Deshaun Watson, Clemson's offense will be a lot for the Oklahoma Sooners to handle

Dynamic quarterback fuels the Tigers' potent attack.

During the next three weeks in the lead up to Oklahoma’s national semifinal matchup in the Orange Bowl against Clemson, Sooners Illustrated will examine the key matchups between the two teams.

We’ll introduce one key matchup every Wednesday until the Orange Bowl kicks off at 3 p.m. on New Year’s Eve.

Here’s your third key matchup:

3. Finding a way to slow down Clemson and quarterback Deshaun Watson 

It’s not exactly Baylor’s highly potent attack, but it’s close. And it comes with a wrinkle that the Bears don’t have – a highly mobile quarterback.

Watson has gone from freshman to third place in the Heisman Trophy voting in less than 18 months. While he doesn’t have the weapons around him that Bryce Petty or Trevone Boykin or Seth Russell had, Watson might be a tougher individual matchup for Oklahoma to handle.

Watson has rushed for more than 1,000 yards and 16 touchdowns in his career. This year, he averaged 5.4 yards per carry. Boykin never averaged that much per carry and has never surpassed 800 yards on the ground in any season – a plateau Watson reached in his first full year as a starter. He has now rushed for more than 100 yards in four of the past five games.

But Oklahoma won’t do anything differently with its scout team. They won’t put a position player at quarterback. They won’t try to emulate him too much, because it’s very difficult to do so. Oklahoma just has to keep Watson in front of them.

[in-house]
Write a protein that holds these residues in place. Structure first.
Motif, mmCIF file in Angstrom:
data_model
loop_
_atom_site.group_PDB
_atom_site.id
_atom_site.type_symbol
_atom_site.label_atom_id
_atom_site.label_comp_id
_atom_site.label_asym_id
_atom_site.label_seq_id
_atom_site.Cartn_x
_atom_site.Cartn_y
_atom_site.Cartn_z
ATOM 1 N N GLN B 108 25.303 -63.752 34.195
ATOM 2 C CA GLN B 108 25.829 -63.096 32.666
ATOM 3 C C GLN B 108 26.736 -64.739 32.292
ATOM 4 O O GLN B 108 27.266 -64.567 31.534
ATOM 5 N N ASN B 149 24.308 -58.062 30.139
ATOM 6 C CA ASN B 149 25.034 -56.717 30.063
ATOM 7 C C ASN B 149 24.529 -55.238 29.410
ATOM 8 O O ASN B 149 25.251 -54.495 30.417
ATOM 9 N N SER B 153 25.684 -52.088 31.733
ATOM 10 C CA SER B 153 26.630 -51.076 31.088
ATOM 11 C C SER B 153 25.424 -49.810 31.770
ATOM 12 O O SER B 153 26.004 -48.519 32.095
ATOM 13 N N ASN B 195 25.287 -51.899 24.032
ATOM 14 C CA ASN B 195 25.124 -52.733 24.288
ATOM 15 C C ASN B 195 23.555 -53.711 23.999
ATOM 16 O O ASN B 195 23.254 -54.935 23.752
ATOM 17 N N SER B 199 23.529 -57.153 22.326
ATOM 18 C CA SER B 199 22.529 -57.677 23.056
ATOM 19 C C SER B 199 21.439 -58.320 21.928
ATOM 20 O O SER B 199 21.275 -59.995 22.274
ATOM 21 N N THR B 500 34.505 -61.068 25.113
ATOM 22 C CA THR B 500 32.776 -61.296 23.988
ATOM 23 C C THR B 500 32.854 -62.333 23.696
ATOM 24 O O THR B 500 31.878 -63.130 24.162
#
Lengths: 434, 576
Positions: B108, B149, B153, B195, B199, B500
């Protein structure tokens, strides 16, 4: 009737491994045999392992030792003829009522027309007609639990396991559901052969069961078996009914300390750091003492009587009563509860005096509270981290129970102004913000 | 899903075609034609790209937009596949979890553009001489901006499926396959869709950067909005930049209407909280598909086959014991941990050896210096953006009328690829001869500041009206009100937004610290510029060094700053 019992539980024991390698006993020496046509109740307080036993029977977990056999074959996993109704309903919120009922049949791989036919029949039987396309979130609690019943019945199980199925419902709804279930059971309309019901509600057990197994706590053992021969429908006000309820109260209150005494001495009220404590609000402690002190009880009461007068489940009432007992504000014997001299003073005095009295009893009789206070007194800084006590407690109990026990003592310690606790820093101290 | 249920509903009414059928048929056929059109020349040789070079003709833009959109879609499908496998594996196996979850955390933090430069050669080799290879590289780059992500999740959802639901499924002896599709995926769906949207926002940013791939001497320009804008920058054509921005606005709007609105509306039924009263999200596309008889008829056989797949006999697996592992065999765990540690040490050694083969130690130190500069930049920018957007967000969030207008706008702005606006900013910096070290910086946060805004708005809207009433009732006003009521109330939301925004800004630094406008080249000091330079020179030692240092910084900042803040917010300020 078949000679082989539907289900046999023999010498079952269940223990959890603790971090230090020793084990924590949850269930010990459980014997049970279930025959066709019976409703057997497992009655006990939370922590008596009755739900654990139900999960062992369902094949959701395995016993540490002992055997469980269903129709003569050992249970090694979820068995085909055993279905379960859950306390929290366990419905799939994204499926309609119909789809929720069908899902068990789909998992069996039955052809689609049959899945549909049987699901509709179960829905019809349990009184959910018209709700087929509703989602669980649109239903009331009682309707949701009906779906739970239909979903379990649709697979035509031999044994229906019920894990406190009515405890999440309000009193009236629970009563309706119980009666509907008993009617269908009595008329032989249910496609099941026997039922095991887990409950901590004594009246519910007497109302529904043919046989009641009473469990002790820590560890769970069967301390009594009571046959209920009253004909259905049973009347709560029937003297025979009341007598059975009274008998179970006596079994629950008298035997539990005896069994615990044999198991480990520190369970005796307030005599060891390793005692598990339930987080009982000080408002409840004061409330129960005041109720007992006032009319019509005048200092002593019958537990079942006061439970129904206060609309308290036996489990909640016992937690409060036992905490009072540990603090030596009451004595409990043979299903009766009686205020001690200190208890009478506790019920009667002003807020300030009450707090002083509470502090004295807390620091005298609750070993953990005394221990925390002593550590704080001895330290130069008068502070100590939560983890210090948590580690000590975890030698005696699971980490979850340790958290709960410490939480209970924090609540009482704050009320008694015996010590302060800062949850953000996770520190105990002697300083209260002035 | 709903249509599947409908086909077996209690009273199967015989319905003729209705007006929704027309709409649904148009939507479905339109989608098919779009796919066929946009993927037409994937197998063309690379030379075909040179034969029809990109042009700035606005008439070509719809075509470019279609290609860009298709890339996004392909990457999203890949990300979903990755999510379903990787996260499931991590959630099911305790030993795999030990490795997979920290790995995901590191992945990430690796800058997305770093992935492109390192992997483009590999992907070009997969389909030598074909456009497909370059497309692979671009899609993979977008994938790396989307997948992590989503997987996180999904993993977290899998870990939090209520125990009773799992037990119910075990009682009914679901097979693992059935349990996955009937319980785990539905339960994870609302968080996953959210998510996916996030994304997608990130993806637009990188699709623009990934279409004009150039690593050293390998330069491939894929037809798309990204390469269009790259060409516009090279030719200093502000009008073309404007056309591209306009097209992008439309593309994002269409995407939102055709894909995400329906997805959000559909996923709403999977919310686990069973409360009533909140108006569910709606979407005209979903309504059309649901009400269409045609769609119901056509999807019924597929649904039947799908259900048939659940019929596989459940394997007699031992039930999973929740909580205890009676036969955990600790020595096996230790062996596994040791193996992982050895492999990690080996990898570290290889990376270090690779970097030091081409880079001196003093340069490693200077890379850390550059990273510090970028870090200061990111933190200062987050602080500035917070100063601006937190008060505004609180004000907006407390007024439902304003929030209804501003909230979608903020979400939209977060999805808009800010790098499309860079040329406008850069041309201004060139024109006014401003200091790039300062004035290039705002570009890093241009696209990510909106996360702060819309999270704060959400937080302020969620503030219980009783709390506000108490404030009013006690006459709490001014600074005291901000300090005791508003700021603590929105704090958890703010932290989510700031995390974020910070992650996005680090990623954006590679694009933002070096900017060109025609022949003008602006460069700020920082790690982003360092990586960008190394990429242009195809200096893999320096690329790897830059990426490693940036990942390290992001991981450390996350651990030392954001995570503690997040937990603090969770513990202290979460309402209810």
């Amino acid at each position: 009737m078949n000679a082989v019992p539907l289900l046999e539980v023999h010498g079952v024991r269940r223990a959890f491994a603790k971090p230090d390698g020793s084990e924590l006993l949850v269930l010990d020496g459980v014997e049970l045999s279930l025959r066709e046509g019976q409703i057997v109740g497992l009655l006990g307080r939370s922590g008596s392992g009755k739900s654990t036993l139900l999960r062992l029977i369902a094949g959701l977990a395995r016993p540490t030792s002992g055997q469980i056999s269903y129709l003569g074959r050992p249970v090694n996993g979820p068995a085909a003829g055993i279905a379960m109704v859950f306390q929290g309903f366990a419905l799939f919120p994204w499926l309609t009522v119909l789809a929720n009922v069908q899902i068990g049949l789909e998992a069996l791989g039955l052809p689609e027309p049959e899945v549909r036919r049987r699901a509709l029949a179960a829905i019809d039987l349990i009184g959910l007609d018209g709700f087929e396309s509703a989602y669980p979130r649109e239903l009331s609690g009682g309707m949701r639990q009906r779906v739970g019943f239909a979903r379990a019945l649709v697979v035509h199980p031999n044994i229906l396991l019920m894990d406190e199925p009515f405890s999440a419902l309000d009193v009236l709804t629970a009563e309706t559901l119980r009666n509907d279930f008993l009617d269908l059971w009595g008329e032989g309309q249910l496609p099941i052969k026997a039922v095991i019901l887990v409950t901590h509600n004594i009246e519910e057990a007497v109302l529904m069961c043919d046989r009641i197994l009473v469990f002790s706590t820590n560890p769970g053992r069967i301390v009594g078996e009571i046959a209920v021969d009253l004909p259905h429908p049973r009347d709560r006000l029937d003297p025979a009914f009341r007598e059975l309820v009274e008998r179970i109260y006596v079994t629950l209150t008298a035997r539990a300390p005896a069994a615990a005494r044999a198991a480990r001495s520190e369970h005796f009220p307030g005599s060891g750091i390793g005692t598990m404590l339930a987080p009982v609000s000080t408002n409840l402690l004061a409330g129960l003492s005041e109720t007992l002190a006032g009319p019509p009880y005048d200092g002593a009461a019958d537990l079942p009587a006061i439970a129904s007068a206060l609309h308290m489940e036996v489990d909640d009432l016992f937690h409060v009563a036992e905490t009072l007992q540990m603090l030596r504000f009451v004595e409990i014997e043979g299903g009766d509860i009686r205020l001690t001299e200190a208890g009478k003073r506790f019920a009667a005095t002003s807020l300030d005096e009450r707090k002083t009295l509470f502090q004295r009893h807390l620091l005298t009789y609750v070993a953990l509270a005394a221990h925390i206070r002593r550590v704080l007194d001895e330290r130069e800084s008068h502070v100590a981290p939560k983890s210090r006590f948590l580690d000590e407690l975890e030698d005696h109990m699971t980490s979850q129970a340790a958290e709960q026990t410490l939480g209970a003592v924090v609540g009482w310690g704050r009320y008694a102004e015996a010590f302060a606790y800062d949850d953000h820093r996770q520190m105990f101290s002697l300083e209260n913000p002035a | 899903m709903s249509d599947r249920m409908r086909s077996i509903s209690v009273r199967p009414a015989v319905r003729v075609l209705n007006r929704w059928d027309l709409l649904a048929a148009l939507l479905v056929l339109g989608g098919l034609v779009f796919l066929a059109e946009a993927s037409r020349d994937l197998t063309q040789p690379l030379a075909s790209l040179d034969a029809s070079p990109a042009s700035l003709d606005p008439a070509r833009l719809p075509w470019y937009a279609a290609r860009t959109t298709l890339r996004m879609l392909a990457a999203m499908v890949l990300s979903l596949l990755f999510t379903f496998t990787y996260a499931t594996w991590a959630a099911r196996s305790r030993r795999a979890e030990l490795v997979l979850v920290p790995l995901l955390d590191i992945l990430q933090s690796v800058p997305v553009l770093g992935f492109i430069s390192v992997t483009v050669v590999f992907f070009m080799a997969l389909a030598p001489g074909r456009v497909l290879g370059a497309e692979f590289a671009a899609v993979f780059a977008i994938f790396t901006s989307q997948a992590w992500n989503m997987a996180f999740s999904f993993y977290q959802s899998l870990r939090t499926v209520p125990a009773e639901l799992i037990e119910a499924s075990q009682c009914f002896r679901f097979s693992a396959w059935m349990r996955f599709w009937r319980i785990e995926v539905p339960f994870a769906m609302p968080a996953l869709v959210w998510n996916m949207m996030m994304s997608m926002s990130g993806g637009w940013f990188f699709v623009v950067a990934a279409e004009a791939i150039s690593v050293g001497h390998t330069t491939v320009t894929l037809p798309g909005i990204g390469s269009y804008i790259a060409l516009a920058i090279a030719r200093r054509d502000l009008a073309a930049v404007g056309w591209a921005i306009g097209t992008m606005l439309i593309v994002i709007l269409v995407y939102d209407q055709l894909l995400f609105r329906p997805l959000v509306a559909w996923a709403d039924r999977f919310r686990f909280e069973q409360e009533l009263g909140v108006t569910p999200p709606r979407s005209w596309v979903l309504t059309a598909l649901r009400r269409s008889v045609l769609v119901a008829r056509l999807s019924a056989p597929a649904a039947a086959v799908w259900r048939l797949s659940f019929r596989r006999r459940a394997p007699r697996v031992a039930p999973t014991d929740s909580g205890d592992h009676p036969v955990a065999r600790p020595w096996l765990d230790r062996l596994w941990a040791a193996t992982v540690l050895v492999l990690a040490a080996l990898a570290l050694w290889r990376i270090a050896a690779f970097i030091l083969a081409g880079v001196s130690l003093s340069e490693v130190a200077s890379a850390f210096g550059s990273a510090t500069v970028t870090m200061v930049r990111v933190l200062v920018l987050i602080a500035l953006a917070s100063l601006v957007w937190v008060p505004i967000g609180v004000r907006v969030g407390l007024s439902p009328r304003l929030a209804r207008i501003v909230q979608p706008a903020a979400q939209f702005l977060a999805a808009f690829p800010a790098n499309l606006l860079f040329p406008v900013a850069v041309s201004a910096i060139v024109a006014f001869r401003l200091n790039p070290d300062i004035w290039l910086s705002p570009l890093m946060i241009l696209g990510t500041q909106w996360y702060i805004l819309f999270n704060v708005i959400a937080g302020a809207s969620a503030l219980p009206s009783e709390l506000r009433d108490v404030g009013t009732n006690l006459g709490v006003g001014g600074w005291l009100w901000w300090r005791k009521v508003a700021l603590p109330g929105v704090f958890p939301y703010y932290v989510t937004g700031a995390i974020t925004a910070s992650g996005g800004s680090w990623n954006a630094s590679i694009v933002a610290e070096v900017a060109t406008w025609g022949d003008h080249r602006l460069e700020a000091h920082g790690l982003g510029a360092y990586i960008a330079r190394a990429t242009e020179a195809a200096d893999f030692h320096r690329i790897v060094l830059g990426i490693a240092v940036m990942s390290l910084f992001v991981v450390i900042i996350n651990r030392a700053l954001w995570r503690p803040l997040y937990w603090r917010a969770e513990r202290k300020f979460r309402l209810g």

“You make him play off you, we're not playing off him,” defensive end Charles Tapper said. “I'm making him react. He has to react off me. I'm rushing him so if I get to him, I'm going to try to apply as much pain as I can so every time I'm hitting him. He's going to say, 'I need to try to scramble out and I need to try to either throw the ball out of bounds to get away from all these big guys up front. We're going to make him react off us.”

In big situations, Watson gets the ball directly but a big portion of his rushing yards has come off ad-libbed plays – something that has given the Sooners’ defense trouble in the past.

“They definitely have a lot of quarterback run game with him,” said defensive coordinator Mike Stoops, comparing him to Boykin. “They’re similar. You see a lot of the same stuff you did a year ago, but now you add his flavor to it and it’s even more to defend than it was a year ago.”

Watson might be the starting point, but the Tigers’ offense is soaring right now. Clemson has gained at least 500 yards in its past nine games. Wayne Gallman has rushed for more than 1,300 yards this season, and Artavis Scott has 84 receptions.

But it has to start with Watson, at least from Oklahoma’s defensive standpoint.

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